Stenehjemís football career a weighty issue
By Eric Peterson
The Forum 10/10/97
Concordiaís Eric Stenehjem has gone to great lengths to make it appear heís bigger than he really is. Take for example this yearís Cobbersí football team weigh-in.

Stenehjem secretly tied a five-pound dumbbell to the inside of his sweatpants to augment his actual size. So the 170-pound listing you see in your Concordia football program may be a little misleading.

"Eric Kragel and I are the two skinniest guys on the team," Stenehjem said. "We are always trying to find ways to make it look like we weigh more than we really do."

Although the senior free safety is small in stature, Stenehjem might play the biggest role in Concordiaís game at St. Thomas Saturday. Both the Cobbers and the Tommies enter the contest with matching records of 5-0 overall and 4-0 in the Minnesota Intercollegiate Athletic Conference. Concordia and St. Thomas are the only undefeated teams left in the conference.

"Heís going to need to have one of his best days against a potent St. Thomas passing attack," said Concordia coach Jim Christopherson.

"This could be the conference championship game if everything works out," Stenehjem said.

But back to the dumbbell story. You might be asking how someone could conceal a five-pound weight in their pants without being found out. Itís no problem.

Stenehjem said he and Kragel wear "big, ugly and baggy" sweatpants, which made it easy to store the extra five pounds.

"The dumbbell fit pretty well in the baggy sweatpants," Stenehjem joked.

Stenehjem has also tried more traditional ways of adding size, like weight gainers. But they never worked because Stenehjem said he isnít the most avid weight lifter. Plus, Stenehjem is hypoglycemic, which doesnít help either.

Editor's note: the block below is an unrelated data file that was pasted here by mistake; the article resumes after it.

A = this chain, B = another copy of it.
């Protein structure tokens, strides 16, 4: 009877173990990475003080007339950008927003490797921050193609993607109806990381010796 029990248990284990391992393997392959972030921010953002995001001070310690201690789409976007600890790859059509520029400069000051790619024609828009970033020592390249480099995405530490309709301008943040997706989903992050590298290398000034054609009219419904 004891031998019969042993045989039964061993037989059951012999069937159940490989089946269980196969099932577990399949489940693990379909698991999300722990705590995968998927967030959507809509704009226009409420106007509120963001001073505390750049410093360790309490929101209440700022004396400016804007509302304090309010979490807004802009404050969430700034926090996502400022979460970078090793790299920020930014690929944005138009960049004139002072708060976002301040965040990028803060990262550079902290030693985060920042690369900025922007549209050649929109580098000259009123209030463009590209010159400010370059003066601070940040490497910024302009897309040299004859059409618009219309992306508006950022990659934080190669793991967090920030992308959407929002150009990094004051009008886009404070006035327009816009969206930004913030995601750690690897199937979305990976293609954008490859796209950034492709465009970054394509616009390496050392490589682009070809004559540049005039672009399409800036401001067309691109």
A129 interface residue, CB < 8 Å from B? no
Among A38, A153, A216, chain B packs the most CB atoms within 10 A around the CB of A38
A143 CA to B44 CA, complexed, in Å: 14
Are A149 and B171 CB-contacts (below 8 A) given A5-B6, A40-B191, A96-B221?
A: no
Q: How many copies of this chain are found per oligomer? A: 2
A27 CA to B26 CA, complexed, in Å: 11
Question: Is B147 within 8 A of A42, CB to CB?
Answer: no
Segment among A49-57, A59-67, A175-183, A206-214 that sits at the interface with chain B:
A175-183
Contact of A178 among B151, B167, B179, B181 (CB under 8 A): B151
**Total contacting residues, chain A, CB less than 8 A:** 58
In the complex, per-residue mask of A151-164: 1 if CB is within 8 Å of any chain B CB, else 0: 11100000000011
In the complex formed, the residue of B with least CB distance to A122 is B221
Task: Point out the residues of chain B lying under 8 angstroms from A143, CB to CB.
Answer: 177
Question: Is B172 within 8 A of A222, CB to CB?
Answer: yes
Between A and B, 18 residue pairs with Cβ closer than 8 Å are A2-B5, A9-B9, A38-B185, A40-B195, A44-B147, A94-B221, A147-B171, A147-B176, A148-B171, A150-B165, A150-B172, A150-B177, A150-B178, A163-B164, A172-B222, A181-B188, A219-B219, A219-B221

"Iíve always been skinny," Stenehjem said. "Itís something Iíve had to deal with."

Stenehjemís prospects of playing football at Concordia looked pretty slim his freshman year. Stenehjem weighed considerably less than he does now. A staph infection in his left hip, which forced Stenehjem to sit out his first year of football, contributed to that.

The infection hit him just a couple of weeks before Stenehjem was to start football practice at Concordia.

Stenehjem said the initial diagnosis was scary.

"The doctors said they werenít sure what it was and they didnít know how to stop it," Stenehjem said. "It could have been anything. They said amputating your leg was an option."

The Williston, N.D., product said he weighed only 140 pounds then. And he had to walk around on crutches and take IVs twice a day for his first eight weeks at school.

Stenehjem said all eyes were on his skinny frame when he went to that first football meeting.

"He was on crutches and said he was going to play football," said senior guard Jed Seeger, who was in that same freshman class. "Everyone started laughing because he was so little."

Stenehjem, however, wasnít discouraged and fought through the infection. He was able to start practicing during his sophomore year. But the comeback wasnít easy because Stenehjem hadnít played football for almost two years.

"It was rough for me," Stenehjem said. "I really didnít feel right."

But last year Stenehjem finally worked his way into the starting lineup. He started the year as the nickel back but injuries gave him an opportunity. And Stenehjem responded picking off three passes.

Stenehjem has started every game this season, but has yet to record and interception. His teammates havenít let him live that down.

"Heís supposed to be the big field general and intercept the ball," Seeger joked. "Heís had a couple go through his hands already."

But Stenehjem isnít worried about that. Because heís playing and the team is winning. Heís come a long way from being a 140-pound freshman on crutches.

"I love the sport and I really want to play it," Stenehjem said. "I didnít see myself being a starter. Itís a dream."

BUMPS AND BRUISES: Starting senior cornerback Jeremy Zirbes should be ready to play against St. Thomas Saturday. Zirbes has been nursing a sprained ankle. If Zirbes canít play, junior Brian Carlson will take his spot. ... Junior starting wideout Chris Howell, who missed the last two games with a sprained ankle, will be available Saturday but wonít start. ... Junior linebacker Jamie Aanenson, who injured his ankle on the first play of the season against Moorhead State, might be forced to miss the rest of the year. ... Junior fullback Mark Aslakson, nursing a sprained knee, will be available for action against the Tommies.

1997 Cobber Football